Here is what the dictionary says about 青:

 1. 深绿色或浅蓝色:~草。~苔。 Dark Blue or light green.

 2. 靛蓝色:靛~。~紫。 Indigo blue.

 3. 黑色:~布。~衣。 Black.

Similar case is 苍:

 1. 深青色,深绿色:~翠。~天。 Dark blue or green.

 2. 灰白色:~白。 Pale

It looks like you have to get into the writer's head to know what he means. Are there any rules for these words?

For example, if I see a word 青鸟, how do I know if it's blue or black?

  • 1
    I think it is natural for a language with such a long history like Chinese to have a rich vocabulary for colors and the color concepts vary very much over the history of languages. As for 青 I think it depends on the context and the nature of the object attributed with 青, e.g. 青草 can only be green, etc. Some objects are of course ambiguous. I do not know much about the background of 青,苍 and may 碧 goes also with this group, but in other languages you can also find similarly confusing usage of colors. See if this gives you any clue: confucius2000.com/confucian/rujiao/ctqtylt.htm
    – imrek
    Commented Nov 19, 2014 at 8:47
  • This is completely my personal interpretation, but instead of concrete color(s), I always see 青 and 苍 as the blueish 'tone' that you can sense in many colors from aquamarine green to dark metal gray. Also my personal belief (without any proof) is that 青草 actually refers to the cyan grass as opposed to the yellow-green ones, and 青衣 is dark blue-black instead of pure black.
    – NS.X.
    Commented Nov 19, 2014 at 10:10
  • @NS.X. I think the 'black clothes' translation of 青衣 must be entirely historical, since it can really refer to any shade of blue in modern usage: google.com/…
    – imrek
    Commented Nov 19, 2014 at 10:15
  • 1
    @DrunkenMaster I am not even sure if it really used to mean 'black clothes' at all... I've seen conflicting references and because this question is such a common myth, it's hard to tell which source is credible.
    – NS.X.
    Commented Nov 19, 2014 at 10:23
  • 1
    @DrunkenMaster The link helps a lot. So even experts are in debate... Commented Nov 20, 2014 at 1:28

3 Answers 3


As a native Chinese speaker, I can tell the color of the word with 青 almost at once.

As 青 is a word of a certain color name between green and blue, most of the word with 青 is described as this color.

For the word like 青草 or 青苔, it's often means the plant as 草 and 苔. The color of these plant can be determined by last character.

In terms of other words like 青 for black in 青布 and 青衣, they are the old usage of word maybe just used in poems. At least in the daily life of mine, I don't used it in that way.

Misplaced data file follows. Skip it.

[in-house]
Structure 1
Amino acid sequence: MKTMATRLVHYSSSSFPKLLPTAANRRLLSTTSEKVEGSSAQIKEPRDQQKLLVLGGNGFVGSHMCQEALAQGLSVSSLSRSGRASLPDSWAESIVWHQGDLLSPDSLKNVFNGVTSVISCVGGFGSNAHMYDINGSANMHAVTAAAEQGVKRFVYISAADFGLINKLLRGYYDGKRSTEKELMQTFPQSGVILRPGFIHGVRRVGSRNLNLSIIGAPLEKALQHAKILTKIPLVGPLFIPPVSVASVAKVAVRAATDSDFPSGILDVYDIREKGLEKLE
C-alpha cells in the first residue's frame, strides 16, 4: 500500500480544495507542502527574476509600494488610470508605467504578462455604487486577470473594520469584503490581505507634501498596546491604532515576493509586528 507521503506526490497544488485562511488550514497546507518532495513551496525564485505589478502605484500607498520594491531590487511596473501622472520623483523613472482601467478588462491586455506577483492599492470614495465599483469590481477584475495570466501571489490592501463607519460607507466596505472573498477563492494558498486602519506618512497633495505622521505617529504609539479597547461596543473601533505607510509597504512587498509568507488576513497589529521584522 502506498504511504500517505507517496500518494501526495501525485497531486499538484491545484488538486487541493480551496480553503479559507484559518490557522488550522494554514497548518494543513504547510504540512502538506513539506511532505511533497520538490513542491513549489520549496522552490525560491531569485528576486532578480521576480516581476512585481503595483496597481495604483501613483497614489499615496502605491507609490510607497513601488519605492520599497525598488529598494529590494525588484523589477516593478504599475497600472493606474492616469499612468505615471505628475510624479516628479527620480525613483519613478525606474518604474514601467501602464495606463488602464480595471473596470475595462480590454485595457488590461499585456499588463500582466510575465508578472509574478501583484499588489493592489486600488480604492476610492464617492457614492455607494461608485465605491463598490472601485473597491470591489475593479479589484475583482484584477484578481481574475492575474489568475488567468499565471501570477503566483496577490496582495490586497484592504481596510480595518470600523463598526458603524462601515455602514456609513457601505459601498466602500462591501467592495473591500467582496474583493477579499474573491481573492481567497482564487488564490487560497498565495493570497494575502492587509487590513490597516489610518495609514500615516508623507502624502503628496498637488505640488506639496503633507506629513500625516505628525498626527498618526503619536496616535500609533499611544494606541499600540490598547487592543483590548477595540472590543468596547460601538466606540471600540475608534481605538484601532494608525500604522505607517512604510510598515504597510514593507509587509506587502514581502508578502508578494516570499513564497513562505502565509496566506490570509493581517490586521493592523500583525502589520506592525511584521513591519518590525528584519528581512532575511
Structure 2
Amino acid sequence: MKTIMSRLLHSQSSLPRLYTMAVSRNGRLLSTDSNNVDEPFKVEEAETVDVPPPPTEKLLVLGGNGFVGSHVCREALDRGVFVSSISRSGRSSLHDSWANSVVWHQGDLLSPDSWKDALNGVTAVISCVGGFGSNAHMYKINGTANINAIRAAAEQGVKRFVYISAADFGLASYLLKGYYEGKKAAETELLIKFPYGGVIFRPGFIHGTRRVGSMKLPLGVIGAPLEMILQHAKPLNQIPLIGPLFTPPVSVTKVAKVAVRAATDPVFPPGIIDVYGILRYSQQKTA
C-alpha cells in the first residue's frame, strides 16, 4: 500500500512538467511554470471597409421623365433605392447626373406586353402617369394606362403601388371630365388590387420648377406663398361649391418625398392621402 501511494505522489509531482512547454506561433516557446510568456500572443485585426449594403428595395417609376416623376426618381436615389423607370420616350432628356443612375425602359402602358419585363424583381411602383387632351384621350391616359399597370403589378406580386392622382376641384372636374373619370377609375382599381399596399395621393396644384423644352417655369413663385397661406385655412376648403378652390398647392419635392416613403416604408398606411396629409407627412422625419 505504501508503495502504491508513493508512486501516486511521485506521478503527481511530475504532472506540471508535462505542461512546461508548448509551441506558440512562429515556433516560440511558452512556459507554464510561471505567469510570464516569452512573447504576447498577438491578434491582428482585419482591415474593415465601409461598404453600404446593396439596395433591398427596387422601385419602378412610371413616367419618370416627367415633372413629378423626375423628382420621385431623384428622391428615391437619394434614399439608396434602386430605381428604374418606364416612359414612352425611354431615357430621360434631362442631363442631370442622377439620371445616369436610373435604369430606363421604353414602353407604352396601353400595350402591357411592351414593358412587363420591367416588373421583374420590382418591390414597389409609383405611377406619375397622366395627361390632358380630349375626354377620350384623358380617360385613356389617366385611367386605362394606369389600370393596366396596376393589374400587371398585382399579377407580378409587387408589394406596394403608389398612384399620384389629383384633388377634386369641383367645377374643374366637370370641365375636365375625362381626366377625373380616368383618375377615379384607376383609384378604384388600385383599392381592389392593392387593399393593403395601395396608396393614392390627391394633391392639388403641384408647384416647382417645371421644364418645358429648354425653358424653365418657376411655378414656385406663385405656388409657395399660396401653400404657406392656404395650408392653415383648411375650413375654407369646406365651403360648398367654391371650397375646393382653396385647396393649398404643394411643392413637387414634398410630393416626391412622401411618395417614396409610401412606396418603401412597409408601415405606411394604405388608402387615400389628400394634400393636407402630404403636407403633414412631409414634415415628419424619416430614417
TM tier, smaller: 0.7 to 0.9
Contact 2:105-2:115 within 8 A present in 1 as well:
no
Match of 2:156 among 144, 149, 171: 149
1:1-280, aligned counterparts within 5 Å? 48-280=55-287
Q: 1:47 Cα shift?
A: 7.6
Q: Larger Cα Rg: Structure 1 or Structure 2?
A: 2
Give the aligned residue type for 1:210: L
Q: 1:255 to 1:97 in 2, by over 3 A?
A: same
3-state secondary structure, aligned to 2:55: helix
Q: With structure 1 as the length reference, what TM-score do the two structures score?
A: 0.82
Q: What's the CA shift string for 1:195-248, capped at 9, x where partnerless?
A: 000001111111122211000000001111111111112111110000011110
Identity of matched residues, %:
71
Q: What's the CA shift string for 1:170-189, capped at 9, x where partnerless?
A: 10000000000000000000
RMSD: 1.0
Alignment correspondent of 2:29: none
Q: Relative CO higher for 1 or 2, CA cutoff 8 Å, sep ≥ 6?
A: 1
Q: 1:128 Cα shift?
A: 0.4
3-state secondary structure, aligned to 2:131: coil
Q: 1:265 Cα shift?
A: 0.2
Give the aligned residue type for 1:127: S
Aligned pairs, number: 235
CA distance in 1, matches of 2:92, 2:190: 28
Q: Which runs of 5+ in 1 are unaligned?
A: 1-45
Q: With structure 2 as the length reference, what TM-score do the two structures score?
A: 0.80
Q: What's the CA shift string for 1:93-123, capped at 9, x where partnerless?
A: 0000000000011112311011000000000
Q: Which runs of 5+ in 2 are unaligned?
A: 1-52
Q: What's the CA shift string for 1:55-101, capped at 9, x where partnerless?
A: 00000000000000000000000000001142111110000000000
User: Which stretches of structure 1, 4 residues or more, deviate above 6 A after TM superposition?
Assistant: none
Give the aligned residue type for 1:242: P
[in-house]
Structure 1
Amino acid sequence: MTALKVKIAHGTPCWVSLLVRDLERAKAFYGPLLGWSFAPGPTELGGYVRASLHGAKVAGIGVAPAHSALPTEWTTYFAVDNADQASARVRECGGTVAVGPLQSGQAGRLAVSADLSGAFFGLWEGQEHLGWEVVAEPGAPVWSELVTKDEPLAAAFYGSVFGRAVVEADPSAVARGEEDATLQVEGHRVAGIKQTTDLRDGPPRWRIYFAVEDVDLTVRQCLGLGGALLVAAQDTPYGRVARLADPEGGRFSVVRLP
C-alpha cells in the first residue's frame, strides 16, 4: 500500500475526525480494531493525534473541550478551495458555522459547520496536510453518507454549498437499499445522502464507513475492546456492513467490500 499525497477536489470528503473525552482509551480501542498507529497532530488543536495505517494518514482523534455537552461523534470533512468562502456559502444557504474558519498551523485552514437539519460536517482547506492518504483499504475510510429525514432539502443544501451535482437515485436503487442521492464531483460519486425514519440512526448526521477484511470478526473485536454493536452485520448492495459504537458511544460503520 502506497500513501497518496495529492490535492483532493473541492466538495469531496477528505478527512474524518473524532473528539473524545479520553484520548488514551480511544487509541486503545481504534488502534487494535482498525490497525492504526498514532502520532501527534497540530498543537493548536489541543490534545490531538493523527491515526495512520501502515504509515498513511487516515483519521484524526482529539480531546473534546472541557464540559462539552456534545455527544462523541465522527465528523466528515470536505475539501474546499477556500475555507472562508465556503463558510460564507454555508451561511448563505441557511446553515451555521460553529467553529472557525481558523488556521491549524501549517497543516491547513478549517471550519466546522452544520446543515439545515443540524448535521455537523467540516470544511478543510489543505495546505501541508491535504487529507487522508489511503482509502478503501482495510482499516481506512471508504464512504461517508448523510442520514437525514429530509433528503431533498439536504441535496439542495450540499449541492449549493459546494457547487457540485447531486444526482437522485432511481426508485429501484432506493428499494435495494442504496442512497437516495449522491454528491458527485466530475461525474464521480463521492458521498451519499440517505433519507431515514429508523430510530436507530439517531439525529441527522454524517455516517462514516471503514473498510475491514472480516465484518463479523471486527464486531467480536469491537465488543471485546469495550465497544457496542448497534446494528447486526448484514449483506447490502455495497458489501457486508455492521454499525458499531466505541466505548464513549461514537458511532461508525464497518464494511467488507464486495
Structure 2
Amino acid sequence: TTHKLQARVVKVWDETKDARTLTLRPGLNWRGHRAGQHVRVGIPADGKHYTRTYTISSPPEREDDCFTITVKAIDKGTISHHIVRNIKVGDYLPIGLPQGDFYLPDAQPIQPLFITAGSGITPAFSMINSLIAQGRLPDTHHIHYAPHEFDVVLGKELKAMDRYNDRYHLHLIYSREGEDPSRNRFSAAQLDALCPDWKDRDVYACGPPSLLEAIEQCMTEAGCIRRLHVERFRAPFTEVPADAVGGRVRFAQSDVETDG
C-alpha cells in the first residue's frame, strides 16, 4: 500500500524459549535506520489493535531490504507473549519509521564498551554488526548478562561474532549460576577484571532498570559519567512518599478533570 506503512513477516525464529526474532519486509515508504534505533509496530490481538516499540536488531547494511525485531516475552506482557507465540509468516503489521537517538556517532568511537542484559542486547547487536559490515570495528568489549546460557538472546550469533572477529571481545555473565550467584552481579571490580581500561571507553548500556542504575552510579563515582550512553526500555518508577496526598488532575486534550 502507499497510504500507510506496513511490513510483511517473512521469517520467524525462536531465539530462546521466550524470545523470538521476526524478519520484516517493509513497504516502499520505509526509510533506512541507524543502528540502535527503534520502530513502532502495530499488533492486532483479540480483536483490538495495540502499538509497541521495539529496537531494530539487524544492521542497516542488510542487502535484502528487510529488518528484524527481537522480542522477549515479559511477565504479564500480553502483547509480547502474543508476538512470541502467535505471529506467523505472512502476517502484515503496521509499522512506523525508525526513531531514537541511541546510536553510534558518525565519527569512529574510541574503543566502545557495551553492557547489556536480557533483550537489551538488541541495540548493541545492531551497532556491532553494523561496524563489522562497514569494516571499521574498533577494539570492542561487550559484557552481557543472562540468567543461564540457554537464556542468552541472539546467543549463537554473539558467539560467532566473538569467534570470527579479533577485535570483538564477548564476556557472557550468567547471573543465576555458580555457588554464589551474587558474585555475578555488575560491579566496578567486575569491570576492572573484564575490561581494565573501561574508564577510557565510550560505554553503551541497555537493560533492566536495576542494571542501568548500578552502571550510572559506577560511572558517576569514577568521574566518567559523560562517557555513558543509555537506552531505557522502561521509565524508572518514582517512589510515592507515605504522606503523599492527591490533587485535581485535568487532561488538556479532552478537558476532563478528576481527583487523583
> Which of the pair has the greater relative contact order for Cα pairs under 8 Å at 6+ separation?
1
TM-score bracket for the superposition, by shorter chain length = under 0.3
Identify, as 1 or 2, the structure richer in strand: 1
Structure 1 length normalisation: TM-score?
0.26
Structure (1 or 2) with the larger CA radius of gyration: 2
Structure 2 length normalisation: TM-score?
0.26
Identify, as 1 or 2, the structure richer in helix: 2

For 青鳥 in your example, it mostly used like the color of 青 itself. As the ref of 青鳥, you can take a look at this link http://baike.baidu.com/subview/5674/5502935.htm . And I think the hummingbird is just a kind of 青鳥.

  • Thanks. It could be better if you could provide some reference in the case of 青鸟. Commented Nov 20, 2014 at 1:31
  • Interesting, so 青鸟 do mean blue bird in some cases. Still I'm not sure about the mythical 青鸟, the pet birds of 西王母. One of the reference says that they resemble crows or ravens. Commented Nov 21, 2014 at 8:20
  • If you are looking for the 三青鳥 of 西王母, I'm also not really sure about its colour as it is a mythical bird after all. However, I don't think the the 青鳥 is black or dark grey, as its also means bad luck in traditional Chinese culture.
    – biubiubiu
    Commented Nov 24, 2014 at 1:58
  • Crows were in fact the birds of luck before 宋 dynasty. It was only after then did people start to favor magpies. Commented Nov 24, 2014 at 2:39

1.苍 is not a usual color word. It is often used in idioms or literary texts when it imply colors. I don't read many books,I only know two phrases using 苍 for color:

1). 苍天

e.g. 苍天啊,大地啊,是哪位天使大姐替我出的这口气啊. from a comedy dialog

2).皓首匹夫,苍髯老贼....from "Romance of the Three Kingdoms"

Both 皓 苍 mean pale here.


青 has two meanings,in nowaday life,青 is cyan.It is not blue or black ,it is cyan,sometimes 青 is greener than cyan.Just google cyan,and you will know it,but don't google 青,those 青 pictures should be 蓝. You can baidu 青 , the results is almost identical to google's.

In ancient or old days ,青 may refer to dark blue mixing dark green. And the result for those color-insensitive people seems like black.

So when you see 青鸟,青草,青whatever, It maybe cyan,dark green,dark blue, But it won't be black.Because 青 has nothing to do with black.

  • Thanks, but the question is about classical Chinese.. Commented Nov 20, 2014 at 1:30

In modern Chinese, 青 stands for cyan, except few legacy words through the ages.

In classical Chinese, 青 can mean light blue, dark green, indigo, extremely dark green (almost black). The meaning depends on the context. If it is used with 衣 or 布, it means extremely dark green (almost black). If it is used with 紫, it means indigo. If it is used with 草, it means dark green. The meaning is only depends on context and and convention, judging the meaning by experience. The only way for you to understand is to read it again again and again until you feel the meaning is native enough for you.

苍 is the same, depending on context and and convention, judging the meaning by experience.

Your Answer

By clicking “Post Your Answer”, you agree to our terms of service and acknowledge you have read our privacy policy.

Not the answer you're looking for? Browse other questions tagged or ask your own question.